Prairie Fever -- British Aristocrats in the American West, 1830--1890 by Peter Pagnamenta, Norton '12, $27.95, 338 pages, ASIN #0393072398. Index, credits, notes, grouping of b&w glossy images.
Schoolchildren traditionally learn that the opening of the American West in the early years of the 19th century was an American enterprise, whether in the links to the open prairie, minerals, or wildlife. But in his fascinating new book, historian Peter Pagnamenta recounts the scales falling from the eyes of British elites as they read written accounts by travelers or the wide array of riches held way across the pond.
"Alongside the detailed botanical, geological, and ethnological studies (discovered by the Brits), writes Pagnamenta, "was a growing intellectual interest in what the American wilderness might represent and questions it raised about man's status in nature, and the philosophical debate about savagery versus civilization." Much as Americans had done before then, the British explorers pursued "exciting and unfamiliar big game: bears, buffalo, and elk."
Among the more fascinating aspects of this quest, "wealthy families began to view the Far West as a potential solution to the problem of their younger sons who did not stand to inherit land at home, where laws of primogeniture dictated how land could be passed on. Might these younger sons be able to own land, live a gentleman's life with ample sport, and participate in moneymaking enterprise in the American West?"
Londoner Peter Pagnamenta is a writer and social historian. He wrote the book Sword and Blossom: a British Officer's Enduring Love for a Japanese Woman.
1356 -- A Novel by Bernard Cornwell, Harper '12, $28.99, 417 pages, ASIN #0061969672.
Although the French severely outnumbered the British that September day in 1356, in what became known as the Battle of Poitiers, "What ensued was the most decisive and improbable English victory of the Hundred Years' War," writes novelist Bernard Cornwell. In a brief Q&A, the author discusses the writing of his new book:
Q. What initially drew you to the 100 Years War, and what made you decide to write about the Battle of Poitiers?
A. I've always been fascinated by the 100 Years War. I guess it helps to understand that the English tend to measure their history by a rivalry with France, which is why the most famous battles of that history are Hastings, Crecy, Agincourt, Trafalgar and Waterloo, so my fascination is, as it were, bred in the bone.
Q. You pepper your novels with religion and magic and 1356 is no different. What is your point of view in approaching religion and fantastical elements in your historican fiction?
A. For most of human history there was no rational answer available for the large questions: why did my child die? Why did the harvest fail? Why did the river flood? And, lacking either technological or scientific explanations, they were driven back to a supernatural answer. This means that religion and superstitution ruled their thinking, simply because they had no choice.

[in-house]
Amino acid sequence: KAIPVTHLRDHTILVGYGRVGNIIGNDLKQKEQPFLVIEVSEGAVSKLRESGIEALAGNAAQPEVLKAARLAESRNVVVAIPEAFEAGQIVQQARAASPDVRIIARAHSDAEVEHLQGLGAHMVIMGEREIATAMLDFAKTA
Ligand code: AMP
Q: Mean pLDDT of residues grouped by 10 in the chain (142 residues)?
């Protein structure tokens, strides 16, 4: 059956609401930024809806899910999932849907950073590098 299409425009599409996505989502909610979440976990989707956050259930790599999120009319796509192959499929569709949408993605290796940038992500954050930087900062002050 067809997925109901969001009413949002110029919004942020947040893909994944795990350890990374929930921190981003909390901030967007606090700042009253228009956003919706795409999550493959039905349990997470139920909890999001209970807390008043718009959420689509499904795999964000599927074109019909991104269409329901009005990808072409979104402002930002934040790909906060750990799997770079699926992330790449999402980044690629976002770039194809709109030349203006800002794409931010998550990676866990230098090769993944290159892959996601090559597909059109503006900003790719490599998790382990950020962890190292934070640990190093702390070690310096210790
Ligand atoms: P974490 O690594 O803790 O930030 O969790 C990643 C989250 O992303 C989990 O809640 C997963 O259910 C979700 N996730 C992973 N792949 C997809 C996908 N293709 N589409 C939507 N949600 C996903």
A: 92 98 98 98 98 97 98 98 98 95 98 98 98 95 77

The Black Death occurred in Thomas of Hookton's lifetime and killed perhaps a third of Europe's inhabitants. Nowadays we'd look to the Center for Disease Control to come up with an answer and, hopefully, a solution, but they had no idea what caused the plague, and no idea how to stop it, and the easiest answer was that God was displeased with them and had sent the pandemic, and that answer was rammed home by the church. So my characters, though every bit as clever as we are, did not have the intellectual equipment to fight superstition.
Novelist Bernard Cornwell wrote the New York Times bestsellers Agincourt and The Fort, the bestselling Saxon Tales, and the Richard Sharpe novels. He lives on Cape Cod and in Charleston, S.C.
Contemporary Irish Poetry and the Pastoral Tradition by Donna L. Potts, UMissouri Press '11, 216 pages, ASIN #0826219438. Index, bibliography, notes, unillustrated.
From the dust jacket:
"In Contemporary Irish Poetry and the Pastoral Tradition, Donna L. Potts closely examines the pastoral genre in the work of six Irish poets writing today. Through the exploration of the poets and their works, she reveals the wide range of purposes that pastoral has served in both Northern Ireland and the Republic: a postcolonial critique of British imperialism; a response to modernity, industrialization, and globalization; a way of uncovering political and social repercussions of gendered representations of Ireland; and, more recently, a means for conveying environmentalism's more complex understanding of the value of nature.
"Potts traces the pastoral back to its origins in the work of Theocritus of Syracuse in the third century and plots its evolution due to cultural changes. While all pastoral poems share certain generic traits, Potts makes clear that pastorals are shaped by social and historical contexts, and Irish pastorals in particular were influenced by Ireland's unique relationship with the land, language, and industrialization due to England's colonization."
Donna L. Potts teaches English at Kansas State University and has written many articles on Irish poetry. She lives in Manhattan, KS.